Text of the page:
Zapping Bugs With `Star Wars' Technology
WASHINGTON — SPACE-based mosquito zappers are not yet under development. But a piece of Strategic Defense Initiative technology is being adapted to help fight that tenacious adversary, the bug. Scientists at Oak Ridge National Laboratory are studying a laser doppler radar derived from SDI work for use in tracking harmful insects. Packaged in a small device, this radar could someday help farmers defend crops against hungry swarms intent on lunch.
Other SDI technology might lead to prettier gemstones, tougher eyeglasses, faster well drilling, and satellites the size of tomato cans in low-earth orbit. ``SDI research has yielded many spinoffs,'' the Strategic Defense Initiative Organization asserts in its 1989 report to Congress.
``Star wars'' faces tough times. Once President Reagan's favorite Pentagon program, it is being supported with less enthusiasm by the Bush administration. Members of Congress are beginning to treat it like a multibillion-dollar cache that can be raided to pay for other projects. This week the House Armed Services Committee pared $1.1 billion from SDI's proposed $4.6 billion budget for 1990.
Even the program's technical emphasis appears uncertain. SDI's recently departed chief, Lt. Gen. James Abrahamson, has been touting a new interceptor concept called ``Brilliant Pebbles'' as a cost-effective defense alternative, after billions have been spent on other interceptor missile models.
Emphasizing the commercial benefits of star-wars research has been one way the SDI Organization has attempted to strike back.
The SDIO's annual report to Congress, as well as other SDIO pamphlets intended for public persuasion, contain much detail about projects that are drawing on SDI's knowledge.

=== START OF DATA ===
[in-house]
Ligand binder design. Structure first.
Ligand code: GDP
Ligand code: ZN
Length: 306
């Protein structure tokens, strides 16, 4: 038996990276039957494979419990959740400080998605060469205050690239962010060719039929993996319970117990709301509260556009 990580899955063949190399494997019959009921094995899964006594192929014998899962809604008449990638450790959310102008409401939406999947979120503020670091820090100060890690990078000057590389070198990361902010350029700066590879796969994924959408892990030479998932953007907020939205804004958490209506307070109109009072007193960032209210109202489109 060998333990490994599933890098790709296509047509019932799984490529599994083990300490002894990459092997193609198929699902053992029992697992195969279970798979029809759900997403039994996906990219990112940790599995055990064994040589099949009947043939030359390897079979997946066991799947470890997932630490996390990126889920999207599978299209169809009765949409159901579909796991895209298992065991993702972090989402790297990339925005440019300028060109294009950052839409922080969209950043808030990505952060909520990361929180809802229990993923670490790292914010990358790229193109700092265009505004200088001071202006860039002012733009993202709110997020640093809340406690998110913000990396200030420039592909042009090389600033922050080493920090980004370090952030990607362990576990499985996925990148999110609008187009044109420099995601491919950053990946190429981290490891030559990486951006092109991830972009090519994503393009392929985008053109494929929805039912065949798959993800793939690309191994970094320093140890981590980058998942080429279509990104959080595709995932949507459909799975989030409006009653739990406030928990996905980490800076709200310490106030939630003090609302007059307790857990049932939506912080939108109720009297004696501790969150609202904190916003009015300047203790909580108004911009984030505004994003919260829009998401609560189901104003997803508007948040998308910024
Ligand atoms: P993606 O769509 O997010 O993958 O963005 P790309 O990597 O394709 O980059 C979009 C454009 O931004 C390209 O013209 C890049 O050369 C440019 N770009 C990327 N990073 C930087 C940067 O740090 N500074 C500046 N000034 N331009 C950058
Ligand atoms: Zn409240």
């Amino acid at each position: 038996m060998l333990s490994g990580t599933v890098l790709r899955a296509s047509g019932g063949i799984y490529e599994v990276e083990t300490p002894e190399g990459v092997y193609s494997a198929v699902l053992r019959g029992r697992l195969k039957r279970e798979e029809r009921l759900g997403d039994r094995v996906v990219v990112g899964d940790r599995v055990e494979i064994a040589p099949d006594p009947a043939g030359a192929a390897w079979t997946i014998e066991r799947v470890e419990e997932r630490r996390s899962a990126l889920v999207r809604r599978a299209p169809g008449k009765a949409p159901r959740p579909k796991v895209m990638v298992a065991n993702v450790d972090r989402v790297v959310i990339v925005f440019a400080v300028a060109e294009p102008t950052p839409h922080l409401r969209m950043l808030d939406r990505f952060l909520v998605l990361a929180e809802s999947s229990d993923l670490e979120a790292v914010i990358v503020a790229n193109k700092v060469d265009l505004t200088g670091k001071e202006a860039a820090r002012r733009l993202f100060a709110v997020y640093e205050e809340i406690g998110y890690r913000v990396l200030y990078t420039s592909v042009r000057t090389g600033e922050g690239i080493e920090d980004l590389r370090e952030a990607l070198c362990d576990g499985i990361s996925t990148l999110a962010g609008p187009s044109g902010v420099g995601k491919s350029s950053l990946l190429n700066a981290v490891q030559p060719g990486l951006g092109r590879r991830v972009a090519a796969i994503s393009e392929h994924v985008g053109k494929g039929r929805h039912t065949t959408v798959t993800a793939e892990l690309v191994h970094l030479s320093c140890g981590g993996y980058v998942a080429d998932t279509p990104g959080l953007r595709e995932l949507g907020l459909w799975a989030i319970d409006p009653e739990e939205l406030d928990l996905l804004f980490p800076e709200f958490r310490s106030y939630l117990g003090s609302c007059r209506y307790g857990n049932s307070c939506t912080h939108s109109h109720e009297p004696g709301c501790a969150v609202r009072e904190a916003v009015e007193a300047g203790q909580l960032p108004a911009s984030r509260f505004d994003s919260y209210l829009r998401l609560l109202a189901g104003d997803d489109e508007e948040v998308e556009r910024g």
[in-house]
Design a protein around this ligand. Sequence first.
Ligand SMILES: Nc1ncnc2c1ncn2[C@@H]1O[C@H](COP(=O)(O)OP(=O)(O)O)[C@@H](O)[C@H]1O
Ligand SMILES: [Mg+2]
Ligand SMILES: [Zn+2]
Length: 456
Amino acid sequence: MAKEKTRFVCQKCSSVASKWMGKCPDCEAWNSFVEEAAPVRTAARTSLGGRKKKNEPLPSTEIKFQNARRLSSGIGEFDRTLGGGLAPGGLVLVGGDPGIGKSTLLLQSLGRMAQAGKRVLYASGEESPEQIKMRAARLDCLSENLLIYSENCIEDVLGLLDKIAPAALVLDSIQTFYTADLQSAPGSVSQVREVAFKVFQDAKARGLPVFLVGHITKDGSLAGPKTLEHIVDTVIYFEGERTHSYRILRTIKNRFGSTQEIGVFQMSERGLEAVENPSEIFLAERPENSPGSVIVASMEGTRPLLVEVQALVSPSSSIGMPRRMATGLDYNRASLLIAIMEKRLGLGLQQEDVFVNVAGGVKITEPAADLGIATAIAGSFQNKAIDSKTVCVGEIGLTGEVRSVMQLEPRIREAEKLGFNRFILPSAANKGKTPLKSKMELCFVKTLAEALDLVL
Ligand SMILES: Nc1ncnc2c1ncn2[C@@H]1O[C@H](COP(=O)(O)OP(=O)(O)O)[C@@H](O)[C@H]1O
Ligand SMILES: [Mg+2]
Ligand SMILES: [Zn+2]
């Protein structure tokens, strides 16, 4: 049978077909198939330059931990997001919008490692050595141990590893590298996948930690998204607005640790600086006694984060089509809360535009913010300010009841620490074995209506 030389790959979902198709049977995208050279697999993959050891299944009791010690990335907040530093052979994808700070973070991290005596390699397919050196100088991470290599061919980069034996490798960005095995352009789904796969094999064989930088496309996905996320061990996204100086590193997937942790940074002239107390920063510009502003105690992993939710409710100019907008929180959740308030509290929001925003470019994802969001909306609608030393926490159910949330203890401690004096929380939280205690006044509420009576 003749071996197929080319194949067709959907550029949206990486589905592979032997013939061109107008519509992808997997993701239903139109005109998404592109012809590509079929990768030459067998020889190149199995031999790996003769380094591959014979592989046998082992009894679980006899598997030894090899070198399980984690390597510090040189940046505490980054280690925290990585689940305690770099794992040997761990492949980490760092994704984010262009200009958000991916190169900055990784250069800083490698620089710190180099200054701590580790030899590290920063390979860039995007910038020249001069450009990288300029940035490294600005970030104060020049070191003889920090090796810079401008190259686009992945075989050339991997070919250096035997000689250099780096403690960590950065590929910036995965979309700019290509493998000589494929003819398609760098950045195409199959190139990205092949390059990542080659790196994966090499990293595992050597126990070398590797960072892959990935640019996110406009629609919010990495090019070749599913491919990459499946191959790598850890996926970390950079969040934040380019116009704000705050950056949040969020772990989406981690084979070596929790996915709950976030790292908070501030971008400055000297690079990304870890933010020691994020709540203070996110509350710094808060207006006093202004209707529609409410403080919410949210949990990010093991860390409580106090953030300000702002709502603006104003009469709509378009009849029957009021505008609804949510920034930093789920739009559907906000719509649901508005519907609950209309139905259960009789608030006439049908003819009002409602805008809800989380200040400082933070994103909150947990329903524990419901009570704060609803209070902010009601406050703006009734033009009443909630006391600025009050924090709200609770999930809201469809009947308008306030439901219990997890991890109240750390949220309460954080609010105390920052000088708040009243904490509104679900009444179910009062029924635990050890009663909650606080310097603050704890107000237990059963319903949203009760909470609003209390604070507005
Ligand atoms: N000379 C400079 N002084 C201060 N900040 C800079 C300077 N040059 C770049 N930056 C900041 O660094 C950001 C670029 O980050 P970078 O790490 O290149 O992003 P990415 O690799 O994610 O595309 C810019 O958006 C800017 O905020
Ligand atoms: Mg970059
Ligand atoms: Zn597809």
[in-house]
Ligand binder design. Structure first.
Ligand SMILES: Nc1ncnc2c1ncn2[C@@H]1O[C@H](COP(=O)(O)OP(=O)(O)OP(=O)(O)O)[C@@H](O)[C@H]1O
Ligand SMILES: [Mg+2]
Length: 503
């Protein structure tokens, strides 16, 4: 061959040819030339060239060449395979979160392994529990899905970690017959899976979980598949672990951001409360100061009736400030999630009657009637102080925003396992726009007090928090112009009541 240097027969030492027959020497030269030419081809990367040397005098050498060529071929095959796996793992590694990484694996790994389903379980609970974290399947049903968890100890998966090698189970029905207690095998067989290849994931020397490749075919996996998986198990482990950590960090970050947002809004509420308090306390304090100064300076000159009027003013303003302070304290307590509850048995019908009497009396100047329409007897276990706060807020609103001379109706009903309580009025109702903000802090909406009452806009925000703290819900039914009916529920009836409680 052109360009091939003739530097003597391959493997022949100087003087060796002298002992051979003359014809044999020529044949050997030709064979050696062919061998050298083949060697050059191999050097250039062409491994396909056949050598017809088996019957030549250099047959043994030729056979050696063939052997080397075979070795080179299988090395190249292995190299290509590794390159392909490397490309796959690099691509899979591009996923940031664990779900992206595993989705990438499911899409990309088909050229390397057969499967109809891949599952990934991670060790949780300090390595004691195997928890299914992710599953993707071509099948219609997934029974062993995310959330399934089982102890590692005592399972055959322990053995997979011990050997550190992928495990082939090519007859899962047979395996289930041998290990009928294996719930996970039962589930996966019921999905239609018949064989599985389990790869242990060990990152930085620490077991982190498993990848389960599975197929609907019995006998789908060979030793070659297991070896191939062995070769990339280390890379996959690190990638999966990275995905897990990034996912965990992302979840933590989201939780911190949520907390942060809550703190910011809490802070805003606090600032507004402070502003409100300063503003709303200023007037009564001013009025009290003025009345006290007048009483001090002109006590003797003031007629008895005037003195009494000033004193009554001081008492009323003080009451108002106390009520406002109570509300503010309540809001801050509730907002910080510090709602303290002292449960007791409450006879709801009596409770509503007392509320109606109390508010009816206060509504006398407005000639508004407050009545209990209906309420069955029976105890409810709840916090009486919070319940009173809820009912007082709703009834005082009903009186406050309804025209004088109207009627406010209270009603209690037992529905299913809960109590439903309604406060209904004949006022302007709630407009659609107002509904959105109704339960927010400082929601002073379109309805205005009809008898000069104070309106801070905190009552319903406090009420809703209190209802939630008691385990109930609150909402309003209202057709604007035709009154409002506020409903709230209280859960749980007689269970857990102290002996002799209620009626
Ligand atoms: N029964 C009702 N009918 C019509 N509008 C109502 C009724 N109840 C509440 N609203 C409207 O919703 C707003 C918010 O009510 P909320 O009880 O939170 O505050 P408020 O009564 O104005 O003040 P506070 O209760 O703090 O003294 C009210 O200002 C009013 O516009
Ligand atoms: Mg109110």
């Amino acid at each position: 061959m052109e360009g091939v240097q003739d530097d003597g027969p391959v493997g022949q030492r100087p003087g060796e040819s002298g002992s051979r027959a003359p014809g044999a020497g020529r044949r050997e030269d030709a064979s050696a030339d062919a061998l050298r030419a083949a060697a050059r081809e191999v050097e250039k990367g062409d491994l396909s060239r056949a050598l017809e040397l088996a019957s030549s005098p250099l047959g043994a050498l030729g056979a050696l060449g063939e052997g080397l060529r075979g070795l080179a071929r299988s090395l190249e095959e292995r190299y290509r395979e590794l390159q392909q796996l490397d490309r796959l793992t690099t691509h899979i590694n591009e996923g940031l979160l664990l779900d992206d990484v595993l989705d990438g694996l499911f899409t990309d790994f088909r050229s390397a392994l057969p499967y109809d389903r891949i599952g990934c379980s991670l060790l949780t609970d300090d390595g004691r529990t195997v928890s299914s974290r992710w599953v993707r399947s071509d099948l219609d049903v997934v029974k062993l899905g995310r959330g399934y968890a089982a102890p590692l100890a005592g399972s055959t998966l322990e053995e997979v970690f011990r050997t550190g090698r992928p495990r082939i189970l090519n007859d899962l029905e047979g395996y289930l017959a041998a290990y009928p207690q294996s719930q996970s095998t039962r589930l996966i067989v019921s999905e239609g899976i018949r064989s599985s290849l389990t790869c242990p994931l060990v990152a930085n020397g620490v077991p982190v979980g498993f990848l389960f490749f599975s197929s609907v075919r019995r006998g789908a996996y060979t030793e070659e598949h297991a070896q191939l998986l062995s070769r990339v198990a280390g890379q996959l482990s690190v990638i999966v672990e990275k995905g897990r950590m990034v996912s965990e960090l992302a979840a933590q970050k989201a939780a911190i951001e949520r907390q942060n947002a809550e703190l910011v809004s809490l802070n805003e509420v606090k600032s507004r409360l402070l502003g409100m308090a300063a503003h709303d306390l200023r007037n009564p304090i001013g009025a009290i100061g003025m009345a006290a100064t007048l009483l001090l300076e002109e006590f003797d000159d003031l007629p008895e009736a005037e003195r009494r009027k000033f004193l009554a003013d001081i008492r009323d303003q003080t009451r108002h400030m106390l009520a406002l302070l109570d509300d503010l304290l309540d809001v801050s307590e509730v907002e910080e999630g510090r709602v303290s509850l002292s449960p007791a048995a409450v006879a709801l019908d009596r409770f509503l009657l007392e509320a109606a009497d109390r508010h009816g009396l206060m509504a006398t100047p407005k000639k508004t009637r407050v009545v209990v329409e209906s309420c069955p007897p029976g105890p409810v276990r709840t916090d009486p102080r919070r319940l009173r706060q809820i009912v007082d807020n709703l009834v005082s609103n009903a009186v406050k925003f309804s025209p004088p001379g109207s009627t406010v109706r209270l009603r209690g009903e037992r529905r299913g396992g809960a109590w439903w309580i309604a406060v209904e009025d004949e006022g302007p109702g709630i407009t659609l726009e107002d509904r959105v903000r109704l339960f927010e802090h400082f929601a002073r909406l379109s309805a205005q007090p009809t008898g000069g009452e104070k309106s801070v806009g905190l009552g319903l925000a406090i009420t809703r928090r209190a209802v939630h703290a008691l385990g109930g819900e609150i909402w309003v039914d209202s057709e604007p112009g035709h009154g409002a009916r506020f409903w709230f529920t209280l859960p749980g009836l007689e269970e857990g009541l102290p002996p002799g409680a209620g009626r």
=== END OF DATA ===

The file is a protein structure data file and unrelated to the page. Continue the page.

Medical applications have been the most publicized of SDI's potential commercial uses.
SDI laser technology, for instance, might be used in everything from biomedical research to eye surgery and disease diagnosis. But other applications are less obvious.
For instance, insect control is not the only agricultural benefit SDI officials say might come from their program. Another is a safer method to preserve food.
SDI scientists have developed a high-power linear induction accelerator, analogous to a microwave appliance, that provides a safe nonnuclear way to irradiate food so it can be stored for long periods without spoiling. The Department of Energy is planning for six regional food irradiation centers to use this technology.
A variant of this same technology might make jewelry gaudier. SDI linear accelerators ``could deepen the color of gemstones to enhance their value,'' according to SDIO's report.
Within SDI is a program called the Diamond Technology Initiative that is studying ways of coating materials with thin layers of diamond crystal. Among other things, this could lead to eyeglass and mirror protection and tougher tape-deck heads, says the SDIO.
Oil-well drilling might be made easier by methods SDI is working on to handle powerful electrical pulses.
This ``pulse power'' could fracture and crush rock and work faster than conventional drills.
A star-wars system would involve putting huge amounts of material into space. One spinoff might be an electric rail gun that could shoot tin-can-sized satellites into low orbit, greatly lowering the cost of space use for many civilian applications.